How 3 Women Made New Friends — While In Quarantine

Staying home has created a surprising opportunity to make friends online.

by Kaitlyn Wylde
Originally Published: 
Two women sit in the park at social distance. Three women explain how they made friends during the p...
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Fresh out of a relationship, Jess, 31, started using Tinder in 2015. She downloaded the app for its intended purpose — dating — but soon after, she realized that by expanding her settings, she could take the pressure off meeting potential partners and find interesting people to make friends with. This ‘hack’ came in handy during the coronavirus pandemic, when Jess was looking to meet people outside of her social circle without leaving the house. "Right now, people can't make friends in the traditional way," Jess adds. "But at the same time, people have more time, and are more hungry for meaningful connections."

A 2018 report published in the Journal of Social and Personal Relationships found that it takes more than 200 hours to make a friend, which could explain why busy Millennials are finding that their social circles are shrinking. Without the structure of school or an office to naturally encourage friendships, you might think the coronavirus would have made it even harder. But some women are finding that quarantine has provided a surprising opportunity for making friends online.

In her Tinder bio, Jess notes that she’s “open to great connections with good people in whatever capacity.” On the app, she likes to "dive deep fast," asking personal questions she wouldn't be as bold to ask in person. "We'll chat for a while in the app, get a feel of each other, and then talk on the phone or video chat," she says. During the pandemic, she’s bonded with other women over their experience of isolation, and is excited for these friendships to manifest offline when it's safe to do so. Without the plethora of options in-person socializing affords, she finds people are more open to making friends this way.

Claire, 26, has also found success on the dating-app route. “When you’re using the BFF function [on Bumble], you know that the other women on the platform are also actively looking for friends,” she says. "Since the start of the pandemic, literally everyone I've messaged has responded to me!” She says she’s made most of her post-college friends online, and if you’re busy, shy, or rusty when it comes to small talk, she thinks it’s a particularly useful tool.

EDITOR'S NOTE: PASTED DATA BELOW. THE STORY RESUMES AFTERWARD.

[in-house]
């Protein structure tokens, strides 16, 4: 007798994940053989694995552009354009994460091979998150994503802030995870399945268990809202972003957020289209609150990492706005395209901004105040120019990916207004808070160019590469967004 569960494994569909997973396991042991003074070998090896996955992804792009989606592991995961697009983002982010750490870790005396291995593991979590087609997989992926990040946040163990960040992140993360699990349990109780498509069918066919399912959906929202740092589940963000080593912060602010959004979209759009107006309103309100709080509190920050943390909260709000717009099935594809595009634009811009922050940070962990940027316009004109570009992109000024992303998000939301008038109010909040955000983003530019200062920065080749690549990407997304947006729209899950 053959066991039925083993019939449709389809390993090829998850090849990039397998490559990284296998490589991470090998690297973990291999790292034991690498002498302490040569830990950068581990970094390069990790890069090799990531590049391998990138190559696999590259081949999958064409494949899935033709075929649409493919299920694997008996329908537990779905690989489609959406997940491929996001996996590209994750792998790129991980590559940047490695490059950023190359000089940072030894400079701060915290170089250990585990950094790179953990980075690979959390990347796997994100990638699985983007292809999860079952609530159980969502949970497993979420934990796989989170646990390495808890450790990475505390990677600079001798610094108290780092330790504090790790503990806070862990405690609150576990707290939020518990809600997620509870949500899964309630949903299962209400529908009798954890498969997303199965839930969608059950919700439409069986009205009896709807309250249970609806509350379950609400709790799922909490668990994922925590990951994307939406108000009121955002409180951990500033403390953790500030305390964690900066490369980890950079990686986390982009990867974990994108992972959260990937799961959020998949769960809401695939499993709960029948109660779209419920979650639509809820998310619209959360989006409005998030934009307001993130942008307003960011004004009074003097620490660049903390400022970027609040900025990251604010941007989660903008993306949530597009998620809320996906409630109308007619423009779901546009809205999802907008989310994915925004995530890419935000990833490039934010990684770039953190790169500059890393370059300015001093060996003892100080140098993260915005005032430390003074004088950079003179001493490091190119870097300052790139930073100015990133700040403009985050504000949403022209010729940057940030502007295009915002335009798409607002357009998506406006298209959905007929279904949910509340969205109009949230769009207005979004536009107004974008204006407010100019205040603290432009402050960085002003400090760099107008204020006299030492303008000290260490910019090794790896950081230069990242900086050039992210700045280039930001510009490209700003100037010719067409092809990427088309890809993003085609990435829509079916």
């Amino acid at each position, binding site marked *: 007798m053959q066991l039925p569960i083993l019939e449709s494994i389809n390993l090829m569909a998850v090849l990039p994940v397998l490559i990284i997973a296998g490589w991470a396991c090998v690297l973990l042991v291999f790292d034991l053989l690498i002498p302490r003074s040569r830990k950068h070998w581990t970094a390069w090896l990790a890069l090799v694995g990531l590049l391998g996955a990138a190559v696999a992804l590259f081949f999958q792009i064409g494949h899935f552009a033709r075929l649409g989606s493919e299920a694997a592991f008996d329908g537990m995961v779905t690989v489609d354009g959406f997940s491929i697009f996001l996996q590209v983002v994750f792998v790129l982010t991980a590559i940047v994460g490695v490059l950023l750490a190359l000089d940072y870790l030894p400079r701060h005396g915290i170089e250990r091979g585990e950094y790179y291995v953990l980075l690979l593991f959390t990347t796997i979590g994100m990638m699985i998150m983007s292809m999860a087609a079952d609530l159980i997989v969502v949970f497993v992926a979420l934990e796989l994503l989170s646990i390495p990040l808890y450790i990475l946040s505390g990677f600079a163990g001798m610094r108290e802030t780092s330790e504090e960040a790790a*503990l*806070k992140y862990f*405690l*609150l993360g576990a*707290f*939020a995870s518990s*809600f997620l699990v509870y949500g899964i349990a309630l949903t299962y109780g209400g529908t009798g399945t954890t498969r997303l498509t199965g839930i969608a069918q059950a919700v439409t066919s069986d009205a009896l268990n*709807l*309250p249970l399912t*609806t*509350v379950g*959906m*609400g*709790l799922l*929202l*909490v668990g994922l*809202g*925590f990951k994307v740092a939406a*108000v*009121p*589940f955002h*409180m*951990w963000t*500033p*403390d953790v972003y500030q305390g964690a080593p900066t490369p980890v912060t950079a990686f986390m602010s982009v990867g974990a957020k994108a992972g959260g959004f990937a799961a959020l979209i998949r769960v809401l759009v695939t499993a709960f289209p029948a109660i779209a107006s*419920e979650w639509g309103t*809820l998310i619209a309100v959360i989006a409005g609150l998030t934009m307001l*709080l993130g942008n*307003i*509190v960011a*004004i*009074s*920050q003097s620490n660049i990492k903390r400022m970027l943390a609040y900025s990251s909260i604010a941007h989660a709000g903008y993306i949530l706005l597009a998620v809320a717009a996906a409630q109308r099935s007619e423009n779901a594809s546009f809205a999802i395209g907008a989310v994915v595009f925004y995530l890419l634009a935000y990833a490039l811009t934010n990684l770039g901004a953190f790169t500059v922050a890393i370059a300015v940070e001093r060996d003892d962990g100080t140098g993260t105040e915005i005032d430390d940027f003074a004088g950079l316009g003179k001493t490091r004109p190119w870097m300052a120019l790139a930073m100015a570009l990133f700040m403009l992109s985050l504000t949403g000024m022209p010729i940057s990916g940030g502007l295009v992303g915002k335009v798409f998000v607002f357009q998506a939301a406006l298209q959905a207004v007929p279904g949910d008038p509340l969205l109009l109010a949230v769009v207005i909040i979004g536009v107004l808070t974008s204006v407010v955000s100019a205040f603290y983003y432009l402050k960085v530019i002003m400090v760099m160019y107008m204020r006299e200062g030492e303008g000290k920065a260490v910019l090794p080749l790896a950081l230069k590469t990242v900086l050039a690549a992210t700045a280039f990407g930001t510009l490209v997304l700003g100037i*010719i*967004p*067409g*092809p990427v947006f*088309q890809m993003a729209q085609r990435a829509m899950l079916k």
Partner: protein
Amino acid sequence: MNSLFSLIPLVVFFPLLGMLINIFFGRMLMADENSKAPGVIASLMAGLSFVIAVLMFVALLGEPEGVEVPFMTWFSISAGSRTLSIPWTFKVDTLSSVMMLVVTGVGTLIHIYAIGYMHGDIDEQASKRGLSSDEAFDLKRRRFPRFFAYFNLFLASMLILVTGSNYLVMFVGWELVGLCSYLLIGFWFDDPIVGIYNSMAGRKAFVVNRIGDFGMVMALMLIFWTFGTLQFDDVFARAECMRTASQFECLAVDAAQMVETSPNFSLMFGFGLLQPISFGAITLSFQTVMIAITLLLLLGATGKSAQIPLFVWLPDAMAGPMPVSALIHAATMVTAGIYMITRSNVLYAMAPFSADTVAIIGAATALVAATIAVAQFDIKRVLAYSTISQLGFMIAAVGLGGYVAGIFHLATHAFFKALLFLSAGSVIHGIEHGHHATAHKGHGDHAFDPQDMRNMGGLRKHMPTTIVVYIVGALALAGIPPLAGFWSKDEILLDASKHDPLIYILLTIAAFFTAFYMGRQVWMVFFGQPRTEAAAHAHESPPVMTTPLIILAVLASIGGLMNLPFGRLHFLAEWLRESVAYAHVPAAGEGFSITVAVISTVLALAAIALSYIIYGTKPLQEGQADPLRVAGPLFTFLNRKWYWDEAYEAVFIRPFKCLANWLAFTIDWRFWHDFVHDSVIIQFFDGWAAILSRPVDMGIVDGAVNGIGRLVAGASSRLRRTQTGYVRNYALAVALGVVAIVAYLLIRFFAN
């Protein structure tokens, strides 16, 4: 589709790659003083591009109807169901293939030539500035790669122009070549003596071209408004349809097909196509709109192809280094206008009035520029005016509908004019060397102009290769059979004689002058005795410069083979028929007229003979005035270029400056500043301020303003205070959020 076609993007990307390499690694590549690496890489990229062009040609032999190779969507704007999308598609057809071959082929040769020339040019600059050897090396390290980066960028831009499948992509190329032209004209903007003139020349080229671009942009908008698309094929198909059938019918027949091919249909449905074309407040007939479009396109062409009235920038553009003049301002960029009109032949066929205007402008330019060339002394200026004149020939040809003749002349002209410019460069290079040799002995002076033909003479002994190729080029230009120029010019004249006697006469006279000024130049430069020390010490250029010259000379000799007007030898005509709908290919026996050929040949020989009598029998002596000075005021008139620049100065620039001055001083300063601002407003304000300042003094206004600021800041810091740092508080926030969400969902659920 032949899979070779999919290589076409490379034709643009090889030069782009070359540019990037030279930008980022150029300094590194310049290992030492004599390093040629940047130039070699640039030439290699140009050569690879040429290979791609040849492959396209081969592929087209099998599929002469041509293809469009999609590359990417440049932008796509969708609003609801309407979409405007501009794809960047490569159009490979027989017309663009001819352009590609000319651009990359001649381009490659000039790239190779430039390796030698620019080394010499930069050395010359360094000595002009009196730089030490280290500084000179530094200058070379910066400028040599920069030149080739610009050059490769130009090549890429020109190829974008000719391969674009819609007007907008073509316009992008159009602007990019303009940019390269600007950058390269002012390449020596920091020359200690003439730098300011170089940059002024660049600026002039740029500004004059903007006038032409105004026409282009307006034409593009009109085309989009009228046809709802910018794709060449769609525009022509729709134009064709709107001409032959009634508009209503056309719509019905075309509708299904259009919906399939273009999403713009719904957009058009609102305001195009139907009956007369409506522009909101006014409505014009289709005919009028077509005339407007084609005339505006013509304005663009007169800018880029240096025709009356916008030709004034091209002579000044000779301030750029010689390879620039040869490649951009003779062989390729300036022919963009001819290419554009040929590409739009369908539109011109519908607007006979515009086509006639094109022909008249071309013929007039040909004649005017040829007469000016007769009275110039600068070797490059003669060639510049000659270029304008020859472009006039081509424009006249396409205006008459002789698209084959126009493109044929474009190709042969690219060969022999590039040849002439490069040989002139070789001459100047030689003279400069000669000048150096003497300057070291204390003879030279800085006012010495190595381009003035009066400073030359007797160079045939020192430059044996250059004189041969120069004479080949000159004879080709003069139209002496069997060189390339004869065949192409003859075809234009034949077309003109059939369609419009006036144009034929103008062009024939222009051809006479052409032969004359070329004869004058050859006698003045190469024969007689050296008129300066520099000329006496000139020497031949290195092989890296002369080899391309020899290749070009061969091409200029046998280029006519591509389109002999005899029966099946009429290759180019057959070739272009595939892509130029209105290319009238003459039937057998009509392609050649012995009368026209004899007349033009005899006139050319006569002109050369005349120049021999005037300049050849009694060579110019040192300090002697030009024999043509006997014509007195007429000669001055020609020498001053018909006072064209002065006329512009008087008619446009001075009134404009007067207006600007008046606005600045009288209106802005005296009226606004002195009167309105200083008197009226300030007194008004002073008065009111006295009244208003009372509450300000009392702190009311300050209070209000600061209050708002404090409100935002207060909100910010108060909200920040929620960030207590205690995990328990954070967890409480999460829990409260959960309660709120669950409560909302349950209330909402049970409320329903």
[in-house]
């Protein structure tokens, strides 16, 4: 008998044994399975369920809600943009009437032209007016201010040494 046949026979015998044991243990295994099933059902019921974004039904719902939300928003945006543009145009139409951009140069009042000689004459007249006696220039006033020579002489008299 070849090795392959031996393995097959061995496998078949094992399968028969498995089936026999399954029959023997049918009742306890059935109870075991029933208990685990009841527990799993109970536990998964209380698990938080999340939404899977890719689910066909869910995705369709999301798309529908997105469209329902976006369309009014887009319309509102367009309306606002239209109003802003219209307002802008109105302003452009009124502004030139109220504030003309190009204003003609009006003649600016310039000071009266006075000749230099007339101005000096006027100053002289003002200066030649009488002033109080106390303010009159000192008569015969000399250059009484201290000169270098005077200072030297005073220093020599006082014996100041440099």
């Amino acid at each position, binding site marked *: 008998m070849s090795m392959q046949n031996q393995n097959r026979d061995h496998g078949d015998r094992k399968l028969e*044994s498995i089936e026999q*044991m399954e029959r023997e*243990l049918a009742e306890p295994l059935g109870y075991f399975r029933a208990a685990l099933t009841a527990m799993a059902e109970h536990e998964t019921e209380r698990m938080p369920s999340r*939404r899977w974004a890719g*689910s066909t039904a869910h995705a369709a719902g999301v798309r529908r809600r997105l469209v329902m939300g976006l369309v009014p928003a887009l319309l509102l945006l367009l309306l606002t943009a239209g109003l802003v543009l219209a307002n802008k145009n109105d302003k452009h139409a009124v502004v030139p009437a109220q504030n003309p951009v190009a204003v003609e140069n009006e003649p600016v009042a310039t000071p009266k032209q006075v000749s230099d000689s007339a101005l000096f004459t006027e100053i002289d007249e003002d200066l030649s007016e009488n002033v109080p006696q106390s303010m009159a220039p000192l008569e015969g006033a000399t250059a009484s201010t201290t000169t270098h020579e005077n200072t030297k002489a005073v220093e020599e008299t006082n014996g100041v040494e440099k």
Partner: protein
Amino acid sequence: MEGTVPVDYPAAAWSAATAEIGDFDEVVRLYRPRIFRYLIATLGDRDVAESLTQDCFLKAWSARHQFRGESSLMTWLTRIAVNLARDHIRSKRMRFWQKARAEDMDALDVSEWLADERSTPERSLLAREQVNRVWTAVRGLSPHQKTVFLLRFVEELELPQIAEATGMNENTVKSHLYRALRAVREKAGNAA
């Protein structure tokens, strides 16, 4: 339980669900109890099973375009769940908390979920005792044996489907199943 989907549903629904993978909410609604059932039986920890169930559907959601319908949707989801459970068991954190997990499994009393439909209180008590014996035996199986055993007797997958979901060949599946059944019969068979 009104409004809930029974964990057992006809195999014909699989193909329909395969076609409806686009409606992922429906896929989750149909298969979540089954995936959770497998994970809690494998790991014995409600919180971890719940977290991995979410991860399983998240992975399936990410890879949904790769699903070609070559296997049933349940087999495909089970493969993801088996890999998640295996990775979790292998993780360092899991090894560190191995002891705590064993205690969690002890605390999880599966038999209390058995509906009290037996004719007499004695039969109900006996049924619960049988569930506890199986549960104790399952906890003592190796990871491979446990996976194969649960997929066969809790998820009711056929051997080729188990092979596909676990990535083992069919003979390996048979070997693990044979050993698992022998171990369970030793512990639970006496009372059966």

It’s easier to grow and nurture a relationship slowly on social media — there’s less pressure.

Catherine, 33, accidentally made a new friend back in March over Instagram. “I ended up becoming friends with this girl because we had both recently tagged the location of a hike we did." Catherine says they both followed each other and realized they had a lot in common. "Throughout the pandemic, we send each other messages about new activities and hikes we have discovered in the area. We talk about what it’s like living in a small town during the protests and how we can get involved with the social justice efforts being made locally," she says. Dealing with the same stressor — the pandemic — made the virtual friending process feel very normal. Though they have yet to meet in person, they find comfort in their correspondence and plan on making an in-person connection when they can.

Since meeting her new friend, Catherine has reached out to other potential pals on Instagram. She looks through location tags near her to follow people who look interesting, and initiates conversation when it makes sense. Though she says she's cautious about "being a creep," she explains that these connections often manifest naturally. "I’m not going overboard. I might see someone in my area with an interesting feed and follow them, like a photo or comment on something that genuinely interests me. They may follow me back or comment back or they may not," Catherine says. She adds that it's important to be mindful of boundaries or other people’s desire to make friends (or lack thereof), just as you would offline.

"I think what makes it easier to make friends online is that you can find a common ground to begin with," Catherine says. "It’s easier to grow and nurture a relationship slowly on social media — there’s less pressure."

While lingering stigmas about online dating might be nothing compared to the still-fresh concept of online friending, Claire says that the pandemic has squashed whatever weird feelings she had about it. "Coronavirus has helped to normalize meeting people online, which I'm all for!"

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